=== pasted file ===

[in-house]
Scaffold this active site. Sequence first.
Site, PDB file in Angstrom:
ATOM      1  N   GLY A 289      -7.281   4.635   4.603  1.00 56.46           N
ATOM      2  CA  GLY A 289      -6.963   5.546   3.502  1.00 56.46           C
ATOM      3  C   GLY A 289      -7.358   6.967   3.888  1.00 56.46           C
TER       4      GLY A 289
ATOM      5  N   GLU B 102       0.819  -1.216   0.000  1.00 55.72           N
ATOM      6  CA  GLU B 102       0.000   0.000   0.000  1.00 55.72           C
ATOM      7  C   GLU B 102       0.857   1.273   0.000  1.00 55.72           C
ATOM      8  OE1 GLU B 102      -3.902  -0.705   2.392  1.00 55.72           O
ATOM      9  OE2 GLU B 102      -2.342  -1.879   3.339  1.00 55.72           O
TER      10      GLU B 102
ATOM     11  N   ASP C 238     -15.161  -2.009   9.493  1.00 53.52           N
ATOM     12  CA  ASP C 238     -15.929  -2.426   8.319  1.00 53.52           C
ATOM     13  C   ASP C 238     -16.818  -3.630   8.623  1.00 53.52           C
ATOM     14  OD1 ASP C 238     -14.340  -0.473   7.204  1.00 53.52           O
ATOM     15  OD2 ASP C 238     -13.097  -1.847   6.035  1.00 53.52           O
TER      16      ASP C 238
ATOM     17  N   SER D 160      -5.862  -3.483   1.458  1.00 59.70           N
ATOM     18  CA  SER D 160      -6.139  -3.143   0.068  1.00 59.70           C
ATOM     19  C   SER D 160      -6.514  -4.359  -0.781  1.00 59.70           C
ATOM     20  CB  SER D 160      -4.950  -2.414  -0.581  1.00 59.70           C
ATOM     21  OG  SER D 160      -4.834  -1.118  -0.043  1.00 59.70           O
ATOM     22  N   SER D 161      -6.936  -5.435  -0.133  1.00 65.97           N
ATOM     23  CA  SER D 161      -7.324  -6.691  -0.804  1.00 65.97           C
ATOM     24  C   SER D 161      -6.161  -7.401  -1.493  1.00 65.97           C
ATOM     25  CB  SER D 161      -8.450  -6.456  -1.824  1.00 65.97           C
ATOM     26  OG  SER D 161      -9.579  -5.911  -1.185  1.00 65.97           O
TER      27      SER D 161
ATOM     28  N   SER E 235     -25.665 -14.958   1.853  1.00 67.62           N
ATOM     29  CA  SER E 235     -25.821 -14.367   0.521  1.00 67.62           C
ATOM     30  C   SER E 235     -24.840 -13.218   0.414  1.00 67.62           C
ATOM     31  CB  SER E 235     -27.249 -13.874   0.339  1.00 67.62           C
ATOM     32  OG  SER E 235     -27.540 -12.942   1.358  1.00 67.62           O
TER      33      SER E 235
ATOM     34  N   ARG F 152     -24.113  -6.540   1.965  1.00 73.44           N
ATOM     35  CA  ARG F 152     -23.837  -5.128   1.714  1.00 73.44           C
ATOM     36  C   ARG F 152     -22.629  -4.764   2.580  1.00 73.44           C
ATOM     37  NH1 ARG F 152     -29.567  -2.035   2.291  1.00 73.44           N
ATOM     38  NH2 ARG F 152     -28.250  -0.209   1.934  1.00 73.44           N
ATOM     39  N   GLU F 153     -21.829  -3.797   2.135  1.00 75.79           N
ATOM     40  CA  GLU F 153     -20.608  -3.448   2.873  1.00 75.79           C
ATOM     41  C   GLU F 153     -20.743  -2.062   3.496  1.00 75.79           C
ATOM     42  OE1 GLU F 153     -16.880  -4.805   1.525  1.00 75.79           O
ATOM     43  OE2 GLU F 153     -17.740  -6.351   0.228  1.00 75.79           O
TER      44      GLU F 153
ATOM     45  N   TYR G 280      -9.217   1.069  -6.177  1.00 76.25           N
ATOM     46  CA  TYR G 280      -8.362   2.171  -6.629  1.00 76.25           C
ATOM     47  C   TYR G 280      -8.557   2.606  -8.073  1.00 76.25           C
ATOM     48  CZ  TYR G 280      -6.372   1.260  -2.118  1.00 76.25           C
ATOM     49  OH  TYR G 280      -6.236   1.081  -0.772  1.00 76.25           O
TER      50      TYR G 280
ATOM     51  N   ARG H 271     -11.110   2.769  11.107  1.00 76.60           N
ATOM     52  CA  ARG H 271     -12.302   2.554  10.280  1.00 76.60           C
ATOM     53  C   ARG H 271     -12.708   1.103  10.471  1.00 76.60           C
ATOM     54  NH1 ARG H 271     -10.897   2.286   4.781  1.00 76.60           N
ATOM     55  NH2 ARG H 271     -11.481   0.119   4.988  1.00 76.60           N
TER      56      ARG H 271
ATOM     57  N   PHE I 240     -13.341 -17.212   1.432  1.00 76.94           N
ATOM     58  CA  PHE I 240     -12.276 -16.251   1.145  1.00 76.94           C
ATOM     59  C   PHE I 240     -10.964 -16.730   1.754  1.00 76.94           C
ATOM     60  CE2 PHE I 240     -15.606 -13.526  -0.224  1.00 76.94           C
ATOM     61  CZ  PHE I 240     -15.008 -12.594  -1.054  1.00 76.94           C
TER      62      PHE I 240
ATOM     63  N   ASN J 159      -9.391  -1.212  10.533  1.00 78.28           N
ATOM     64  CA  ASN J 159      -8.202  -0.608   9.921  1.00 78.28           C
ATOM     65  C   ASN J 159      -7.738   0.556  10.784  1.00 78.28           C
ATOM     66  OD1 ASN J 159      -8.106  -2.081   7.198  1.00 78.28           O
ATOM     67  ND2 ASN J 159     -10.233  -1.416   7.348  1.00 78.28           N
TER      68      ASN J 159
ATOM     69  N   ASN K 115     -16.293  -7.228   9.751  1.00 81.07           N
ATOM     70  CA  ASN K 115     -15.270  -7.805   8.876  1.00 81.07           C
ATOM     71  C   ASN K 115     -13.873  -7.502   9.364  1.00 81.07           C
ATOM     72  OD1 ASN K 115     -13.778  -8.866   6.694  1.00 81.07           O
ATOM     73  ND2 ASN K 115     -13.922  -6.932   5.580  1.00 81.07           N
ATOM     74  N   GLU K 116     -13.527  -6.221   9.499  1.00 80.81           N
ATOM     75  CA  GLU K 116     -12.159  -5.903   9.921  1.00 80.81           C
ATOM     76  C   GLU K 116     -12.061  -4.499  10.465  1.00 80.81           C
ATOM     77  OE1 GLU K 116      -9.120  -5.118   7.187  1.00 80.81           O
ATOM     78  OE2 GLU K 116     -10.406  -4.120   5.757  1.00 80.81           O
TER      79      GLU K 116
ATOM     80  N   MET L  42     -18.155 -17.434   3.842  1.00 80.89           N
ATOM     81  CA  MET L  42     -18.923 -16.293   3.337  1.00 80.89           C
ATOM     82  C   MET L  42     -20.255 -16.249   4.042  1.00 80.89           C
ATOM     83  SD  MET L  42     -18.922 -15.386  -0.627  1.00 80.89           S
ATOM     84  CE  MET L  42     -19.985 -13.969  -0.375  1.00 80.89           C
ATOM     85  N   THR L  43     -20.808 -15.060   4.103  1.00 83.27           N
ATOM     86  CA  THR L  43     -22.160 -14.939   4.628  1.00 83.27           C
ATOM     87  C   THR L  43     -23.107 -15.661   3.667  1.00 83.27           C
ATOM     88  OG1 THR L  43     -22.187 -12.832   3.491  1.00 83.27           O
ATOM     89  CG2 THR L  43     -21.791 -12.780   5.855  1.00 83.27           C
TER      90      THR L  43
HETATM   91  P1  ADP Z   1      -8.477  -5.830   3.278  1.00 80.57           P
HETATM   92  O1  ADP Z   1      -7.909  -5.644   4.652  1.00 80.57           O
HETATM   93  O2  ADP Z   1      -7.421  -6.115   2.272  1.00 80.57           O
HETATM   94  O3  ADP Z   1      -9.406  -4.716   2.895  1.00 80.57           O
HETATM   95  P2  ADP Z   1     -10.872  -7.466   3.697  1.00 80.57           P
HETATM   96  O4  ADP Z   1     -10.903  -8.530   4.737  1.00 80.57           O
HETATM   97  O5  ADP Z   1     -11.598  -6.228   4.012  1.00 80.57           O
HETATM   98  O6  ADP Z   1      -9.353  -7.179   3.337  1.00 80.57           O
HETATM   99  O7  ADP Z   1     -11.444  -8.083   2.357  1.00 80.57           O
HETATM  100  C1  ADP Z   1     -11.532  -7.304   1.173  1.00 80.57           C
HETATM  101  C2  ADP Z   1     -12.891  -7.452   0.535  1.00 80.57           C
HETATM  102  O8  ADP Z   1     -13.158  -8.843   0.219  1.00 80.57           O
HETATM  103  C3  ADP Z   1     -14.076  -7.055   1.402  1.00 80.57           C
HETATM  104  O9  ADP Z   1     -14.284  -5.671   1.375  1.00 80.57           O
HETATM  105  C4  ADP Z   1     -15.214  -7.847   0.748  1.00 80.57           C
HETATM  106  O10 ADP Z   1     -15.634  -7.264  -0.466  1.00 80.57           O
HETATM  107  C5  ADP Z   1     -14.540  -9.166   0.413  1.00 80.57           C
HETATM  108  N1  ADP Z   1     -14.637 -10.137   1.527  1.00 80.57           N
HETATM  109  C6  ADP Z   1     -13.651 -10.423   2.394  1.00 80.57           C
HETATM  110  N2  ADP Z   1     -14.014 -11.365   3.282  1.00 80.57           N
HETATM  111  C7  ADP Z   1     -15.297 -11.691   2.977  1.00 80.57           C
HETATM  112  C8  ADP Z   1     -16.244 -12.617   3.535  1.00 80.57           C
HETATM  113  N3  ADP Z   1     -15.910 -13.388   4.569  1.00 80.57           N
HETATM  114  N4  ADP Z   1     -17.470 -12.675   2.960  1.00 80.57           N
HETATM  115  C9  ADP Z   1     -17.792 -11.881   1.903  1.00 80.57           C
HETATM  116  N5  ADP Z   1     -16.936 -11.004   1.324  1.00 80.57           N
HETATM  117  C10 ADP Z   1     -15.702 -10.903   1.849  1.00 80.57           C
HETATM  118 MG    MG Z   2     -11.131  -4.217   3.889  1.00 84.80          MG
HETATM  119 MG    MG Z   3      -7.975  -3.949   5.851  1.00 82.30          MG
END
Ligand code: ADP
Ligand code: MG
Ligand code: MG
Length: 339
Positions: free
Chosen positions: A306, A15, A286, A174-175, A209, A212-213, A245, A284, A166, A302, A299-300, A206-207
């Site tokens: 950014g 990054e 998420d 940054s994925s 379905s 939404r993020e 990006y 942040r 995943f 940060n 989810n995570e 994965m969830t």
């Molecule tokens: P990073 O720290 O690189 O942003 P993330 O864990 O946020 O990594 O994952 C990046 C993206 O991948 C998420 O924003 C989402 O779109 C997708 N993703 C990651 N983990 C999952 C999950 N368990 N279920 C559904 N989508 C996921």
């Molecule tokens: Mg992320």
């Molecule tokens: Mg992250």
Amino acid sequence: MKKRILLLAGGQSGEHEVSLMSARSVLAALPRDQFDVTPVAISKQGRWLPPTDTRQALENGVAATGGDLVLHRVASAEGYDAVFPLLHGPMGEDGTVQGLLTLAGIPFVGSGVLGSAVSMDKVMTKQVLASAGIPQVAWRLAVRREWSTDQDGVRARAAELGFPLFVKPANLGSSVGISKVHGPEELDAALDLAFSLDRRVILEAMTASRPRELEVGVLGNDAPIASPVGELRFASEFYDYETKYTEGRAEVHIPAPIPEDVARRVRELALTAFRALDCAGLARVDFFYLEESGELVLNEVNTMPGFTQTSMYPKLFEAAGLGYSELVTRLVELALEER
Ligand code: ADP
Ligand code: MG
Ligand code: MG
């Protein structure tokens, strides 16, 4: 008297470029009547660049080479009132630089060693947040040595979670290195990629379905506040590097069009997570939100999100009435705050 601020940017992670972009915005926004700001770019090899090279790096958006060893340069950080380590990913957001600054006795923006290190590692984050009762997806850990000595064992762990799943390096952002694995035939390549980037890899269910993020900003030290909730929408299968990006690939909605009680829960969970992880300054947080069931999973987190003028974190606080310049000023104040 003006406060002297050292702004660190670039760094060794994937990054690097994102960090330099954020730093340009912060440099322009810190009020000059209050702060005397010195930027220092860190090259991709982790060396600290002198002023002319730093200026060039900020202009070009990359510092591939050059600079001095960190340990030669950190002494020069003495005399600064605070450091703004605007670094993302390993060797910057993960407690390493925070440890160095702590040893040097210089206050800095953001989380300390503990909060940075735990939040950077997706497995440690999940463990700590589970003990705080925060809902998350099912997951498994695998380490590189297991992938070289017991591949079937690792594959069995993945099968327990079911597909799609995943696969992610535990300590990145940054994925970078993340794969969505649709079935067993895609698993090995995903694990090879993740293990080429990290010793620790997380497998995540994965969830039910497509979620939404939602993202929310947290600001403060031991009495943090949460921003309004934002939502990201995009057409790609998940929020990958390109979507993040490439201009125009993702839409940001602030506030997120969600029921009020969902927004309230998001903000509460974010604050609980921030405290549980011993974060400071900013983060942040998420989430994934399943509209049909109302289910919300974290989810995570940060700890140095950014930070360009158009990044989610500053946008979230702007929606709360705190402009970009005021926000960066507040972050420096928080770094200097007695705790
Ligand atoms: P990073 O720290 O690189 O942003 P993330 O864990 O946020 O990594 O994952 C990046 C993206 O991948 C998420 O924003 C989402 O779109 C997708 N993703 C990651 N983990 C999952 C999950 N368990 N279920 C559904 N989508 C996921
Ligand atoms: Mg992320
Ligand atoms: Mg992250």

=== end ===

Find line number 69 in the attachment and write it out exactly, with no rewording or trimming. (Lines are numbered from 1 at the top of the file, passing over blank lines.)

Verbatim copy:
ATOM     66  OD1 ASN J 159      -8.106  -2.081   7.198  1.00 78.28           O